July 27, 2021

Raven Tribune

Complete News World

Corona vaccine: Vaccines are becoming obsolete in Eastern Europe – because no one wants them

Bulgaria And Romania Are closely linked to the German economy, for example by auto suppliers. However, the vaccine campaign did not move in the corona crisis. Fewer and fewer people want to be vaccinated – which means countries are actively looking for buyers.

According to a report by Bloomberg, tens of thousands of vaccine doses have already been destroyed because their shelf life has expired (complete here) News). This is an issue that could have long-term consequences for Europe’s economic recovery from the Corona recession.

Over the past few months, the pace of the vaccination campaign in the region has slowed rapidly. In April, an average of 100,000 people a day were vaccinated in Romania; In June it was only 18,000. The situation is similar in Bulgaria. An average of 25,000 were paid against Corona in April, up from only 8,000 in June.

Enough vaccine for Argentine rugby team

This puts double pressure on the governments of both the states. For one thing, they need to find ways to increase vaccine readiness among their citizens. In Romania, only a quarter of the population has been vaccinated so far. In Bulgaria it looks even worse.

On the other hand, both countries are now struggling with the issue of finding buyers for vaccine doses already issued before the vaccine expires. In the case of products from Biotech And Astrogenogen It is offered for up to six months. In Romania, according to local media reports, this means that by the end of June, 35,000 AstraZeneca cans will have been destroyed. According to Bloomberg in Bulgaria, the shelf life of 20,000 cans expires in July.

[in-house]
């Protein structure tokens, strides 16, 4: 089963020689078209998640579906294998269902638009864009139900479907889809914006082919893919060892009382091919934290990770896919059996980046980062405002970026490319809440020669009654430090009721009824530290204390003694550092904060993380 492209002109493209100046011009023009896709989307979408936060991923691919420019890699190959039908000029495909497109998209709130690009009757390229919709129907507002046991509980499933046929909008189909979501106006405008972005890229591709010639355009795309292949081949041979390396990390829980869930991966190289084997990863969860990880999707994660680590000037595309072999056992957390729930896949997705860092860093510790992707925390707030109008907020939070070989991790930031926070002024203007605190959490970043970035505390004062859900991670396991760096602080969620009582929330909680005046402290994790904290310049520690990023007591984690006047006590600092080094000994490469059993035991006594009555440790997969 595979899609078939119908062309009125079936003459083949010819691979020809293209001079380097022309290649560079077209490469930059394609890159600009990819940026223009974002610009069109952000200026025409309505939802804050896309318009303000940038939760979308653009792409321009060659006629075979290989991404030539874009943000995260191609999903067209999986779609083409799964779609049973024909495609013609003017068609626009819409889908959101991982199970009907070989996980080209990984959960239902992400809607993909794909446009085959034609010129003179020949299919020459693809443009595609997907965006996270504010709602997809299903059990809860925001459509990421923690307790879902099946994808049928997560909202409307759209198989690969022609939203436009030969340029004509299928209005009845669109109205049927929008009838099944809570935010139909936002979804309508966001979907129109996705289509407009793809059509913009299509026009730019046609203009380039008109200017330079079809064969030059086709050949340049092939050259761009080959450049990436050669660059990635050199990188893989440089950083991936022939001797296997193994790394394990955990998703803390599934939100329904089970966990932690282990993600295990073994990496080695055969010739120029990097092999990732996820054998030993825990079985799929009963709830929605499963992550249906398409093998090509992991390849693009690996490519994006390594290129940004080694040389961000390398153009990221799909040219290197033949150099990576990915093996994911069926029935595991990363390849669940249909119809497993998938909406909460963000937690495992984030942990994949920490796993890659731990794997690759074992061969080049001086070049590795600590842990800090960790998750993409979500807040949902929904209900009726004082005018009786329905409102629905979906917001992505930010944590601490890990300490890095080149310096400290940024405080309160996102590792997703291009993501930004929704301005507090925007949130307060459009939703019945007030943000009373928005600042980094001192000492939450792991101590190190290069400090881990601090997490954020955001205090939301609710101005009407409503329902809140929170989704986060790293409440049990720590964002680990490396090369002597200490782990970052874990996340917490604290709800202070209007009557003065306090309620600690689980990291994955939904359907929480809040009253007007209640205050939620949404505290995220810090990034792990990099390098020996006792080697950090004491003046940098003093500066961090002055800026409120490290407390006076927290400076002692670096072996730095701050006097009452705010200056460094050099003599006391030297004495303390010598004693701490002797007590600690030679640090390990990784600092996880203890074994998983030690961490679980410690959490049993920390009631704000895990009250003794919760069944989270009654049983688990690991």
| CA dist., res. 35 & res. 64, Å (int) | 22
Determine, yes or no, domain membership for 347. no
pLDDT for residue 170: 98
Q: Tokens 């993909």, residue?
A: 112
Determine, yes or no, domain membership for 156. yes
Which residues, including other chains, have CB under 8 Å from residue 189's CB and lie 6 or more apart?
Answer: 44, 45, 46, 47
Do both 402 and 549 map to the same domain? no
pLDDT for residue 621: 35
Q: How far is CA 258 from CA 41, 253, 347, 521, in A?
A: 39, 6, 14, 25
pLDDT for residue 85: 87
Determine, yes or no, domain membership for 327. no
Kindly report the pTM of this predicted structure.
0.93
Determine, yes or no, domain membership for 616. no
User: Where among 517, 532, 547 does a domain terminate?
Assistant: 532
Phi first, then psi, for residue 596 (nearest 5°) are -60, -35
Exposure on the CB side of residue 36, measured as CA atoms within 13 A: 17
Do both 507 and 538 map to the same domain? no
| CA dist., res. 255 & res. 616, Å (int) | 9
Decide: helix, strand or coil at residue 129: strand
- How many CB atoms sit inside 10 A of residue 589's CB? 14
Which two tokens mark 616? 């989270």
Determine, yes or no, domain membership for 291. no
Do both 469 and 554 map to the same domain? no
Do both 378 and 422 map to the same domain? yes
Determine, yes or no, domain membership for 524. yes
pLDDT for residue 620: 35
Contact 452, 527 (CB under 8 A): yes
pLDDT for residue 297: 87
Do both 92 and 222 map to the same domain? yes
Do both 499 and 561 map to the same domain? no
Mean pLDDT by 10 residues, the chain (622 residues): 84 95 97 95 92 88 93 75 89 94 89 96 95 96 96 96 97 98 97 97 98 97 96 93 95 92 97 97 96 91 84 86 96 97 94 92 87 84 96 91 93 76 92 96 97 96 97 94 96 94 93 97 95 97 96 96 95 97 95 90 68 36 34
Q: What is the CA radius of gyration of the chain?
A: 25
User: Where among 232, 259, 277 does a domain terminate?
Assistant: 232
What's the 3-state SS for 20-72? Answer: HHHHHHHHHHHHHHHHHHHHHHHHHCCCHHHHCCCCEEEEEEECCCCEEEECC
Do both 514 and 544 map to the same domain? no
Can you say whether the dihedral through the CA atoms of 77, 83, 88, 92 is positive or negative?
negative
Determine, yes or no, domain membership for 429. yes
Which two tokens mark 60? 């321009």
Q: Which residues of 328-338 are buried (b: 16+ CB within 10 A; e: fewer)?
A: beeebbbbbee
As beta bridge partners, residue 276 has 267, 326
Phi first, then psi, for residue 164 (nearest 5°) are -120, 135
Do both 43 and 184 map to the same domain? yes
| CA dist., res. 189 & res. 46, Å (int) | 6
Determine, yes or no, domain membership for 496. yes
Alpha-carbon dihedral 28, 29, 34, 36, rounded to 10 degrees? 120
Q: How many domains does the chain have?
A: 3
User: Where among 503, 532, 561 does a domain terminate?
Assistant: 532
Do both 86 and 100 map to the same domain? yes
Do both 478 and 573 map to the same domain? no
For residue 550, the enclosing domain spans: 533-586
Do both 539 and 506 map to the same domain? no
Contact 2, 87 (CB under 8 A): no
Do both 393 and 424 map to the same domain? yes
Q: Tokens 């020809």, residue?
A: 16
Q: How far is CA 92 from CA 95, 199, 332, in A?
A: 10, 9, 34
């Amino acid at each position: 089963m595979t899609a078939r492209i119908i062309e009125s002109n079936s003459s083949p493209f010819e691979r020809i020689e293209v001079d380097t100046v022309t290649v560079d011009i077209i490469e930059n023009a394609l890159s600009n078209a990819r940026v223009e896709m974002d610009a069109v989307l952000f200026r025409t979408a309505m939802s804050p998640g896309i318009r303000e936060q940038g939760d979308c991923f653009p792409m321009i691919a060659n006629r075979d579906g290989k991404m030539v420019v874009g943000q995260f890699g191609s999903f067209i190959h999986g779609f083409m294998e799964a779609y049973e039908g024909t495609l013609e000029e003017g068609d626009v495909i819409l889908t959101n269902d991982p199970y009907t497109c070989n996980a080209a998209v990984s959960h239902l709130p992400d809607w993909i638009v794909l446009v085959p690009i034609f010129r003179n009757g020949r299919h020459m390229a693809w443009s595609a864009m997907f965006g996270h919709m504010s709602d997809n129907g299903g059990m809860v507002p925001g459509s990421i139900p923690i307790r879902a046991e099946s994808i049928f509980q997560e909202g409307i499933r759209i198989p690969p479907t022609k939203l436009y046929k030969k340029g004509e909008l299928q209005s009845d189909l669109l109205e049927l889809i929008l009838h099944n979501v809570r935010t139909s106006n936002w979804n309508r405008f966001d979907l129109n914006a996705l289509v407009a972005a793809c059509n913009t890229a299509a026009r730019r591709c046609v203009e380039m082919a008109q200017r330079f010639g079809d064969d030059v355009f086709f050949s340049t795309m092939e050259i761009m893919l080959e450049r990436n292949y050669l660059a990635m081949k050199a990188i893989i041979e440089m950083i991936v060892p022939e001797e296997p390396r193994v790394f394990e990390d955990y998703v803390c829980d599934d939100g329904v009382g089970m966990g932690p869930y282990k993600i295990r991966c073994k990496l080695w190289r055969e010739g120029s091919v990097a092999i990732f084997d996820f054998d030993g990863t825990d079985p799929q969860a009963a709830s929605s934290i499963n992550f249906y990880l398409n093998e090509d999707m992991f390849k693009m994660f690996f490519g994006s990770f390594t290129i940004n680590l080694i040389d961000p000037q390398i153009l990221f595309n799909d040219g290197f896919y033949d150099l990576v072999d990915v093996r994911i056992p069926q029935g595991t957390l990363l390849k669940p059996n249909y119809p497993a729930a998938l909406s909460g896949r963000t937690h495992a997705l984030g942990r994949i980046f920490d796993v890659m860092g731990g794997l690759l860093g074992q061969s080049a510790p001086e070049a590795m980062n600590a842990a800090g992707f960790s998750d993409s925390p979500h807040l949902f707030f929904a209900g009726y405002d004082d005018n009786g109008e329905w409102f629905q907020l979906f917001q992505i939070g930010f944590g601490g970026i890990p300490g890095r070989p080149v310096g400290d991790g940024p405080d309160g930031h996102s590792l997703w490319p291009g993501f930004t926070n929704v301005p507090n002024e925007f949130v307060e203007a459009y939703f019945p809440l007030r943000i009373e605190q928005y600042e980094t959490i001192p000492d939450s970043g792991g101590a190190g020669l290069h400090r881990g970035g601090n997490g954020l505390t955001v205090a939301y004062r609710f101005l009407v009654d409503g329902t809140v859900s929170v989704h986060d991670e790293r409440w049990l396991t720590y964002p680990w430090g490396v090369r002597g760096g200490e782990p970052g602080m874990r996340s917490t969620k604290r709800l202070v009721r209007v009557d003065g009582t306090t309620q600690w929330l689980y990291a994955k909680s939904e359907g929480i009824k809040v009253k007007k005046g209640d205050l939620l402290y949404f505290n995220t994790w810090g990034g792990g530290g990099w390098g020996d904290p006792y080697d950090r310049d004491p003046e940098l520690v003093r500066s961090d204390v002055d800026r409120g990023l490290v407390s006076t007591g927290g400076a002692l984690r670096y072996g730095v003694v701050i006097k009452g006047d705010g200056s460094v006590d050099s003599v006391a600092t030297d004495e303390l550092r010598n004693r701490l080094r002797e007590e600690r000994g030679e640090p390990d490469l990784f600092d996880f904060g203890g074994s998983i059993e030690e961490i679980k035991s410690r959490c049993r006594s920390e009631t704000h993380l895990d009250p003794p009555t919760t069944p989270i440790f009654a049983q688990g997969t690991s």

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So officials are looking for alternative applications. The vaccine surplus represents 1.1 million doses in Romania in the past Denmark Has sold. Before a game in Bucharest, members of the Argentine national rugby team were vaccinated in Romania.

The Bulgarian travel industry, on the other hand, hopes that the vaccine will attract more tourists to the country. “Bulgaria and all of us have paid our taxes for these cans, so we recommend using them to stimulate vaccine tourism,” quotes Polina Karastoyanova of the Bloomberg Tourism Association.

However, this does not solve the problem of people’s low preference for vaccination. Survey According to Bulgaria 60 percent of the population Rejection of vaccines.